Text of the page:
It is believed that the goal of education is to get rid of imposed opinions, patterns, stereotypes. There are also many stereotypes about dance. Many people think, for example, that dancing is not an intellectual pursuit: intellectuals are not interested in dancing, and dancers do not read books. And it is also believed that it is better to dance than to talk or read about dance. Let's say right away: it's better - both. Moreover, one thing - dancing - is hardly possible without the other - without thinking, talking, reading about dance. nine0004
Stereotypes, alas, are peculiar not only to poorly educated people, but sometimes even to philosophers. Philosophy in the West and in our country has long ignored the body. The body has been the Cinderella of classical philosophy ever since, in the 17th century, René Descartes separated the thinking substance, res cogitans (or, literally, "the thing that knows"), from the material substance, res extensa, endowed only with the property of extension. Thought was thus incorporeal. But philosophers were only interested in it - thought. Already in the 19th century, Hegel declared that the subject of thought is an incorporeal spirit. This was probably due to the fact that philosophers took very little care of their own bodies and sat a lot. nine0004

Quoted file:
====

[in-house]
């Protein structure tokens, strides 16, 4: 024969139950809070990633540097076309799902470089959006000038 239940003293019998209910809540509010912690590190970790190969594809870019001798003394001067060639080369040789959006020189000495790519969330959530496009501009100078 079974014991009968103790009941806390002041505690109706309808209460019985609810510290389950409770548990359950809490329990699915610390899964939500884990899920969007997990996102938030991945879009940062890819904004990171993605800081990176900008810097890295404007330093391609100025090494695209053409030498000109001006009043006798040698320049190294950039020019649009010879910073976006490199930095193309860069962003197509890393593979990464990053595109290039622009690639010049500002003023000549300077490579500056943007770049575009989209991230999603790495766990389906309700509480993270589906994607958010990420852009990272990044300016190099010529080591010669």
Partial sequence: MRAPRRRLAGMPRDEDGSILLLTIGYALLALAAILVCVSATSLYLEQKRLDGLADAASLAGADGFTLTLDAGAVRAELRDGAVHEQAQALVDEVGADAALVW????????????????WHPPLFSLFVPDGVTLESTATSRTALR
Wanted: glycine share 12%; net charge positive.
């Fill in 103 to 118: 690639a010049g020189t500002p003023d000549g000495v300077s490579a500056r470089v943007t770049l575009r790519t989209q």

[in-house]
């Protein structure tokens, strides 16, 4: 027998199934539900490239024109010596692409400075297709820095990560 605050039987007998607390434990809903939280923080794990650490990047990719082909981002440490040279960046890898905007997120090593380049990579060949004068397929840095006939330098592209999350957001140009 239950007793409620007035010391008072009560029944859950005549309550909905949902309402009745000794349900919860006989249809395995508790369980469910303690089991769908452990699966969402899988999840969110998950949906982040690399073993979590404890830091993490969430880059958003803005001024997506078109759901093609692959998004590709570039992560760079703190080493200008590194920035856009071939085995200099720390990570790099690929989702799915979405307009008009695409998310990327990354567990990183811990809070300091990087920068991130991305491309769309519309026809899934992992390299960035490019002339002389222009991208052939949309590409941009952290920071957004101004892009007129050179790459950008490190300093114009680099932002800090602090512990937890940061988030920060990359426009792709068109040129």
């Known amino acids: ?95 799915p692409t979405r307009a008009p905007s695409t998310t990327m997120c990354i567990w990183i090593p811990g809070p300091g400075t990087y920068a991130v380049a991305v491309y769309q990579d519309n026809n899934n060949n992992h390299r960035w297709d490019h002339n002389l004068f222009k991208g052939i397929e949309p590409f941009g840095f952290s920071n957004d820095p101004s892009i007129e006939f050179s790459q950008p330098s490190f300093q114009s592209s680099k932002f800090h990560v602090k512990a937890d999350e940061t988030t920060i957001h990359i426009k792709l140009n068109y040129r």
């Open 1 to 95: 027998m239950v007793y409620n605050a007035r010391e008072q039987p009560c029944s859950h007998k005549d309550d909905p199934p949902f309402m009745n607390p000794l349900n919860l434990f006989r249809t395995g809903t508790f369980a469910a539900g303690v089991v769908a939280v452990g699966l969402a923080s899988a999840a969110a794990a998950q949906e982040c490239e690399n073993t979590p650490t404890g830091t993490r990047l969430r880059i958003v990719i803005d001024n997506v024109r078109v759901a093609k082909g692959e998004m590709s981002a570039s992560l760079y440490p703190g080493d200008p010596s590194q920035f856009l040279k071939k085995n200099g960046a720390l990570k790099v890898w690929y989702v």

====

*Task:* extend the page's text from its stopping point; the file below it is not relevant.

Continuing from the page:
Nevertheless, let's give Hegel his due: he considered sculpture to be the highest and most beautiful of all arts. And the favorite subject of sculptors is the human body. Hegel defined beauty as the conformity of form to an idea, as an expression of the eternal idea of beauty. These were the ancient sculptures of heroes, gods, sages-philosophers, whom everyone then admired. But dance is related to sculpture! Dance, like sculpture, is often classified as a plastic art. And at the beginning of the 20th century, a new dance appeared, which was called plastic. It is quite possible to imagine that dance is a sculpture in motion, plasticity is in dynamics. nine0004